Do you know what’s harder than pursuing a dream? I’ll tell you: living a life in which you are not actively pursuing your dreams and feeling bad about.
Now, I’m not an expert on dream fulfillment. I definitely have not started working towards all of mine, let alone achieve them; it’s actually quite the opposite. Thus far my twenties have been spent trying to figure out what my dreams are. When I first started this conversation with myself, I decided to write them down in one of my many journals. However, it wasn’t until recently when I realized that dreams can’t be written down and forgotten about. At least, they can’t be if you actually want to make them a reality. Now, remember, I am not an expert who can tell you step-by-step instructions on how to achieve your dreams, but what I can do is try to inspire anyone to start taking theirs seriously.
For any fellow dreamers out there, I would first recommend you write down your aspirations, preferably somewhere you can easily come back to. Dreams don’t need to be grand. For example, our ideal life doesn’t have to be one of a multi-millionaire, or the smartest or most popular person alive. As long as it’s something you really want, the dream is worth your time and energy to achieve.
Providing a little background on me, I can tell you that one of my dreams is to be a published writer. I’m a market researcher for my 9 to 5 but I’ve always desired to write an original piece and have it published somewhere - whether it be an academic research paper, poetry, or an op-ed just like this. Would I place a checkmark next to that dream now? No, I would not but I do think I’m heading in the right direction. I’m practicing my long-form writing and poetry, I’m tightening my research skills, and learning how to build something from scratch.
I’m working on it but it’s hard! I get frustrated with my slow and often start-and-stop progression. That said, I have my own set of roadblocks: I’m an overthinker, a “worry wart” who is cursed with indecisiveness. But these thoughts do not help me get closer to where I want to be in life. I must see them for what they are - barriers to growth and progress. Here, dear reader, might be a good time to think about what your roadblocks are. That is the second step. How does negativity try to invade your mind? Whatever form it may take, identifying it is the next thing I suggest doing to pursue your dreams. Call them out! Practice self-reflection. Knowing your character flaws puts you way ahead of any novel character on the hero’s journey (I’m looking at you, Odysseus).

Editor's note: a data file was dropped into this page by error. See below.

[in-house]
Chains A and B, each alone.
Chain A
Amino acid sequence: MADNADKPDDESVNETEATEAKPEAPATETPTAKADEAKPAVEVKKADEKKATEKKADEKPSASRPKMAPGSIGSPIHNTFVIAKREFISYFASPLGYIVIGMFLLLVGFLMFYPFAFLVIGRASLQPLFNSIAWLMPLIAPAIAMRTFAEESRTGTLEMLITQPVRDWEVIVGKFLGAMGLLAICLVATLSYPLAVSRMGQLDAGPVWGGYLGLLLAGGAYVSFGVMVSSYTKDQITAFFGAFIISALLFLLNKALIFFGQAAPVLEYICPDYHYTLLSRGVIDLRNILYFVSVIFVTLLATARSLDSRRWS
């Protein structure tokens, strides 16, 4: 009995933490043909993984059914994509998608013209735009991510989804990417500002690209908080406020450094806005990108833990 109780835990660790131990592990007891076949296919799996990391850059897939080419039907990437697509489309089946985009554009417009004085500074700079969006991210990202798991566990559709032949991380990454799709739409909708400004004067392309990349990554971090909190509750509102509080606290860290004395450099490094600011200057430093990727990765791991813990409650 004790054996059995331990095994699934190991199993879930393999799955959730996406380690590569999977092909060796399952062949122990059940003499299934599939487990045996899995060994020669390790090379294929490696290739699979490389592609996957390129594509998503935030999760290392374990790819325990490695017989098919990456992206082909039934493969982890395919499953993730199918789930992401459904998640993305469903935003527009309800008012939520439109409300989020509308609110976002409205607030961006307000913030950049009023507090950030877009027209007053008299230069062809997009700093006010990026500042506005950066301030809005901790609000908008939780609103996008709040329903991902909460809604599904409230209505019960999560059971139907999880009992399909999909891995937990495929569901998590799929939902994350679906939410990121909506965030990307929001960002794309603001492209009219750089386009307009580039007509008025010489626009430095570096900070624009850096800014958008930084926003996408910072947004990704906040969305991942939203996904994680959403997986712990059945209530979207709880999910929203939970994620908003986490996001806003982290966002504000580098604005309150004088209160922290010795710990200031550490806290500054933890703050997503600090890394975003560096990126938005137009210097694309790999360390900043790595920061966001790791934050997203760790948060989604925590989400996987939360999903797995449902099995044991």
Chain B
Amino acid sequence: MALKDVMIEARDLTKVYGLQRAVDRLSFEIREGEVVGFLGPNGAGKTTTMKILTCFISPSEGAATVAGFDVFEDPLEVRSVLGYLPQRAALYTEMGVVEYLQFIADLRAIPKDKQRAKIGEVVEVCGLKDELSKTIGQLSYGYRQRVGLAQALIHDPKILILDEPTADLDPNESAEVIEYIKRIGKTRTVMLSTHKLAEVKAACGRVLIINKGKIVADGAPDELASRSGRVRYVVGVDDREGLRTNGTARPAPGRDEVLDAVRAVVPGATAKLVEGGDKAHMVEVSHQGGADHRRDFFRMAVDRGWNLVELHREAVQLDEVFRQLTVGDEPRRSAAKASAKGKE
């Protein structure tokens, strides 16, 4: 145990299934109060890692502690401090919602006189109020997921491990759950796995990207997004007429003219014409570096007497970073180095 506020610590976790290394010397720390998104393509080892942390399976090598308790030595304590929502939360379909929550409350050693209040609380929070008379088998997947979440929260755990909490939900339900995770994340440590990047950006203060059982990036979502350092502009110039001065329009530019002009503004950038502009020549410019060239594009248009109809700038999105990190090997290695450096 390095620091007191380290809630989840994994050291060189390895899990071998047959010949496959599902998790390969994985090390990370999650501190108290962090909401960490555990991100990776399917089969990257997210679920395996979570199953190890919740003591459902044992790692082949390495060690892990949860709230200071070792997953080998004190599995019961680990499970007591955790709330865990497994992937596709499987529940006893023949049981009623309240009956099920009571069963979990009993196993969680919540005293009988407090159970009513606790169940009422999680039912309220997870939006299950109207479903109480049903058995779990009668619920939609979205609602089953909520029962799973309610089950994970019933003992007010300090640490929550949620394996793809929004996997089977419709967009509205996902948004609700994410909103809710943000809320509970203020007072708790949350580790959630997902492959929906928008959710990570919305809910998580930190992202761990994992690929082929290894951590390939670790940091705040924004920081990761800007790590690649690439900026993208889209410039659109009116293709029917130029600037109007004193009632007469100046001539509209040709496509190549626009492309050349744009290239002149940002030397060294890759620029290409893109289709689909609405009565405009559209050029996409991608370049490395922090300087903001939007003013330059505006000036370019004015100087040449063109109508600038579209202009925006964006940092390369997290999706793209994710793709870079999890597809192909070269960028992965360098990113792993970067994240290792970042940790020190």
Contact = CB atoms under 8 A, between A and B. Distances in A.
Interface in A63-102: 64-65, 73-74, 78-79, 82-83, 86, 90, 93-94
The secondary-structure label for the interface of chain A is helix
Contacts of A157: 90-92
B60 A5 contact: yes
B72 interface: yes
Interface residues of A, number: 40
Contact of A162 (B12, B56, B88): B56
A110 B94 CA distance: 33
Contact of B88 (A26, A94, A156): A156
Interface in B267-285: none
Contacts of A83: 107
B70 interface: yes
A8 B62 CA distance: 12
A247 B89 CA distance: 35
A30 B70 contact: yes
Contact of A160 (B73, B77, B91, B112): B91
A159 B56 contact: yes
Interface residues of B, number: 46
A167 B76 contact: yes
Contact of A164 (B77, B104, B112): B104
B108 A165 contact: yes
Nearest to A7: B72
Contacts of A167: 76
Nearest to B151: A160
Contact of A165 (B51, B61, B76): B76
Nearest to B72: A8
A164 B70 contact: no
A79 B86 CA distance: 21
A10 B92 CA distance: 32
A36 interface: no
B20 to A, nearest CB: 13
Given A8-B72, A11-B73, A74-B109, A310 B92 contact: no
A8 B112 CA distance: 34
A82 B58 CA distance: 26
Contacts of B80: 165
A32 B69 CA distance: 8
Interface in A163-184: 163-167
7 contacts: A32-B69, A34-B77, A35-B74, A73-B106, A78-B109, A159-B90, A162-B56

Knowing what you need to work on can be empowering. Not only can you use that to form new goals, but you can feel better prepared to authentically face life’s difficulties. If you are experiencing a challenge but you know that you’re not strong in that area, you will be more likely to seek help. Knowing when to ask for help is an important skill to have, especially on your journey to pursuing your passion or accomplishing a dream. Therefore, the third step is realizing that a journey towards your dream(s) is not a lonely one. To start “Our Friend The Artist '' it took a conversation with my friend and co-founder Maricar to realize that a) I want to work on my writing b) I wasn’t doing anything to improve my writing and c) I needed a creative outlet. Once we decided that this was something we wanted to do, it took months of planning and hard work. Even still, I would not call myself an accomplished writer, blogger or anything of the sort (but doesn’t my creative shop journal [pictured] just scream I’m a creative?)
Though your dream may not be to become a writer or start a blog, odds are that at some point during your journey, you’ll need some advice. Plan to grow by learning from others. Find people who are on the same path as you, or better yet, find those who have already achieved your dream (if possible).
And that’s it. Those are my three preliminary steps to following your dreams. Cheesy, right? Well, what did you expect from a blog post about going after your dreams? I’d like to remind you again, dear reader, that I am not an expert, just a girl in her twenties trying to make sense of things. While most of these steps rely on mental work, I hope it better prepares you before the physical work begins. Now, as General Shang from the Disney movie Mulan once said, ”let’s get down to business”.